TEMPE, AZ (Tucson News Now) - VirTra, a Tempe based company, is bringing an immersive and realistic type of training to law enforcement agencies in Arizona.
VirTra announced their $2.1 million contract with the Department of Public Safety in December 2016. Seven simulators will be set up at training academies across the state, including one at the Southern Arizona Law Enforcement Training Center (SALETC ) in Tucson.
"It's about getting better training in the field of what we call judgmental force and decision making training," said Scott Dilullo, federal law enforcement business development manager with VirTra.
Dilullo, a former police officer, said this simulation allows law enforcement to be able to put themselves in the most realistic situations possible to prepare them for what they may encounter in real life.
"Repetition, experience makes a more confident and a more well trained officer," Dilullo said. "We have to be better at dealing with and reacting and deescalating and understanding everything. All of the dynamics that go into an encounter or contact with an individual."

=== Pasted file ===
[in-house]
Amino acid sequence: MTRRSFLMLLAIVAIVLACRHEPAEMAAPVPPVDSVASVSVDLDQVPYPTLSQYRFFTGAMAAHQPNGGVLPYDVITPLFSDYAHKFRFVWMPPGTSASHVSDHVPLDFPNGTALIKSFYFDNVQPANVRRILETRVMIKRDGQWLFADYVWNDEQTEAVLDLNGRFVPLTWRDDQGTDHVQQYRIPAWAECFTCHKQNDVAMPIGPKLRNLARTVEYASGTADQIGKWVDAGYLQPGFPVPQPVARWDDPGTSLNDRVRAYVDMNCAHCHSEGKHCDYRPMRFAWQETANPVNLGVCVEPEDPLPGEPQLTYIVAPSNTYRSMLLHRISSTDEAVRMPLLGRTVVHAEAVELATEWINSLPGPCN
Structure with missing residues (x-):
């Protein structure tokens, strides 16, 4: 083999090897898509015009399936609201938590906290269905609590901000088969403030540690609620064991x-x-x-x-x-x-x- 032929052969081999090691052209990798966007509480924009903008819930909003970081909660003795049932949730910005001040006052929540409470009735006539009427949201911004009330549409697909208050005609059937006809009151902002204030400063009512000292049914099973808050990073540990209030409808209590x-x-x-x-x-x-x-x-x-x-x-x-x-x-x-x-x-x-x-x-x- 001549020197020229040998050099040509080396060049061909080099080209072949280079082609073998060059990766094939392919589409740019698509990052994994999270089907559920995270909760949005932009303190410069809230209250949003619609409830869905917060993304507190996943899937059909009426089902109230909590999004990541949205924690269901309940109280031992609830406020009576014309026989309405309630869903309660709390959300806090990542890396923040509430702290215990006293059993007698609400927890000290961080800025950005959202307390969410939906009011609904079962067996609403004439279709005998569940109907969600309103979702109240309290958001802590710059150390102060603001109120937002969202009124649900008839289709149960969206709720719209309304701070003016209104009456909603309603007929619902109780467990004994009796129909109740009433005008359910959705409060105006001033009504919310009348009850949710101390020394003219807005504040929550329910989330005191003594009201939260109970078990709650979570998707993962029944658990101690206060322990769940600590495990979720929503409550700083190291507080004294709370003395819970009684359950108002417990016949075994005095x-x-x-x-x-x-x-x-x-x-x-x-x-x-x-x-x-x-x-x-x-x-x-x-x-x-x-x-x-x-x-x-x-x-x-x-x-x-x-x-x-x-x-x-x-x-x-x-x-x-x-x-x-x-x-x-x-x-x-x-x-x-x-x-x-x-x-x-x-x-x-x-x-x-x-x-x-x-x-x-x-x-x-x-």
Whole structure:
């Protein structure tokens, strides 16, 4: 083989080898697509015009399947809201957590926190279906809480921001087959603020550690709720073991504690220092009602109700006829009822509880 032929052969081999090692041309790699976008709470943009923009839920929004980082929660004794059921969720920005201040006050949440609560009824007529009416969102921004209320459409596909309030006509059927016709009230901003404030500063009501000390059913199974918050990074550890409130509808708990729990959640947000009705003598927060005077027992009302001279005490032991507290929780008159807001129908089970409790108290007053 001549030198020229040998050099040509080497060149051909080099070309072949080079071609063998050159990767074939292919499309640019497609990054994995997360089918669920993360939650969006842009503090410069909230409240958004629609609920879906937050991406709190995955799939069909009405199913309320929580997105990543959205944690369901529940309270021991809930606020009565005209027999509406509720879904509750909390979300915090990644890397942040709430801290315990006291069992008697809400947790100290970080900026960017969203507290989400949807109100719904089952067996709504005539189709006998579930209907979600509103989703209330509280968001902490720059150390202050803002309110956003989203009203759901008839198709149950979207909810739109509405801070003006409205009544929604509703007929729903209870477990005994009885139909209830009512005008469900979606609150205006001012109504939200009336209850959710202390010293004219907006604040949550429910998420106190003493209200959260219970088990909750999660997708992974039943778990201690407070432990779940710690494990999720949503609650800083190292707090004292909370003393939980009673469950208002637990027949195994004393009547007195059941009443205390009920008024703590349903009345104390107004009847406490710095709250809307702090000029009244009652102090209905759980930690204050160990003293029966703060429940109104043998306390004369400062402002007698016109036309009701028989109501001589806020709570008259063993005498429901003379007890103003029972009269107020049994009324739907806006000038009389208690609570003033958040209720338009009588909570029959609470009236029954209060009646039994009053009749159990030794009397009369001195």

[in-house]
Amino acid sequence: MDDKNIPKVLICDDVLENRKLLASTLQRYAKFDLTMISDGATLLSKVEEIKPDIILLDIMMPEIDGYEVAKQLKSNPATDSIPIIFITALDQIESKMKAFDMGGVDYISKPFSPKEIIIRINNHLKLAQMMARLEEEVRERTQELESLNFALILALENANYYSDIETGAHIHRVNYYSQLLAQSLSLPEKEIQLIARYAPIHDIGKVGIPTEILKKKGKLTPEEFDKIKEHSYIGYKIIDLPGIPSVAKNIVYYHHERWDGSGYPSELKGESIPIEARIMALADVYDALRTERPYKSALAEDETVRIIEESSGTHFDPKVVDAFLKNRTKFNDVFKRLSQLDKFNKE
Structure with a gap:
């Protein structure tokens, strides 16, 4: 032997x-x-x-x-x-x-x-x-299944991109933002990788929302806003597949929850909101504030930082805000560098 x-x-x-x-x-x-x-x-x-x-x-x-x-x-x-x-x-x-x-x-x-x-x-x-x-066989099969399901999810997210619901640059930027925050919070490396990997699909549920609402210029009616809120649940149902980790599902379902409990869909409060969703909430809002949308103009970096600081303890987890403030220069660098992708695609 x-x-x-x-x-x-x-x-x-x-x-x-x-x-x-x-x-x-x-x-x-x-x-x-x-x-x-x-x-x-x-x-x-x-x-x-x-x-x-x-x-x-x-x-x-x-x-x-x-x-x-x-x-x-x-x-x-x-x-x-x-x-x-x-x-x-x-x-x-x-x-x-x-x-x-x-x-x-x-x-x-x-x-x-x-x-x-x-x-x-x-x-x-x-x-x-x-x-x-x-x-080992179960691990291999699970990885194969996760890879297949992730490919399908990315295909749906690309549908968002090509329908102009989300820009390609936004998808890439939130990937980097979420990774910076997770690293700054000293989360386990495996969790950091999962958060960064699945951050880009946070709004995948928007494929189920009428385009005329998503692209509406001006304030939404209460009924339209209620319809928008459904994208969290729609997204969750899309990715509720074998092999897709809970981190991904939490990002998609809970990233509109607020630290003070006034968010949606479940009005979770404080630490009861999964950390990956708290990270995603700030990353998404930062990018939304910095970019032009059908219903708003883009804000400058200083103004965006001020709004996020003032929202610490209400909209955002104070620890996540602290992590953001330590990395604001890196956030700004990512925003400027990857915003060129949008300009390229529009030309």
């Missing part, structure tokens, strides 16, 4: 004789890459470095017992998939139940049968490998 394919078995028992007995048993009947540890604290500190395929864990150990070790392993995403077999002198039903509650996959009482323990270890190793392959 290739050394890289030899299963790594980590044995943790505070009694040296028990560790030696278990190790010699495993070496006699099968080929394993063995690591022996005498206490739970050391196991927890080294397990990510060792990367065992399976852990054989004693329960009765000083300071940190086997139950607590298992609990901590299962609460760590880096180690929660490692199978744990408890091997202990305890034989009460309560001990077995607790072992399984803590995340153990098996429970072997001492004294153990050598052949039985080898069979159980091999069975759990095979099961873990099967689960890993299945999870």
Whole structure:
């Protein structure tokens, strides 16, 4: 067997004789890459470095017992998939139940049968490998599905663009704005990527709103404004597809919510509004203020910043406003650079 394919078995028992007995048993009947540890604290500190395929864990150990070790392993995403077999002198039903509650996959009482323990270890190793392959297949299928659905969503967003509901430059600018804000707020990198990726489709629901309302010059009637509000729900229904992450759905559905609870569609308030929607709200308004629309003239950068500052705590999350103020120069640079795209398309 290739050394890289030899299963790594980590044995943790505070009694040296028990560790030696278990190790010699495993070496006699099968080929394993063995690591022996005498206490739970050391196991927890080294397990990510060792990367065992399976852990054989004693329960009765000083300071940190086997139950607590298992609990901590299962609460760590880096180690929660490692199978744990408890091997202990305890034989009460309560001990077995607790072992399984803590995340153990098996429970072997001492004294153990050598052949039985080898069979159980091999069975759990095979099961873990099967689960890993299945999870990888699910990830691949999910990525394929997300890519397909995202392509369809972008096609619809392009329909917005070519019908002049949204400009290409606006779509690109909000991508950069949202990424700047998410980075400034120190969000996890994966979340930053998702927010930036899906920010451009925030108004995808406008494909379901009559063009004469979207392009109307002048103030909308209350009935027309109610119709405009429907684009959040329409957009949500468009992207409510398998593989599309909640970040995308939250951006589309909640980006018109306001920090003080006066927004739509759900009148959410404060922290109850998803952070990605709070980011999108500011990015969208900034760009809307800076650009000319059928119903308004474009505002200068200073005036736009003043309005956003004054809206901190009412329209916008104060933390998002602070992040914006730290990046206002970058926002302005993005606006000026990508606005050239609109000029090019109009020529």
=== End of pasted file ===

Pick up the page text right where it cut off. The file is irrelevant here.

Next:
This 360 simulation uses realistic video, real weapons and an electric impulse return fire system to simulate stress to give law enforcement the most realistic training possible.
Capt. Eric Kazmierczak with the Tucson Police Department is the training division commander for SALETC.
He said this simulator provides a more realistic type of training compared to the single-screen simulators they currently use.
Kazmierczak said the single-screen simulators will eventually be phased out and this new system will be added to their training.
"This fits in our current training curriculum. And it's going to provide us the opportunity for us to do things over and over again," Kazmierczak said.
He added this simulator provides a certain type of training that their current one doesn't. It allows officers to practice their communication and deescalation skills.
"We're really finding now that tactical skills are applied because in some cases because some officers don't have those communication skills that they need or aren't polished enough on communication skills to prevent those tactical skills from having to come into play," Kazmierczak said.
Arizona is the first state in the country to offer this type of training to law enforcement statewide.
"The state of Arizona understood and we have minimum state training standards and it's ok. But we need to start upping our standards. We need to train above minimum state standards to better prepare our officers," Dilullo said.
Law enforcement around the state will be able to start using this as a part of training in the next couple of months.
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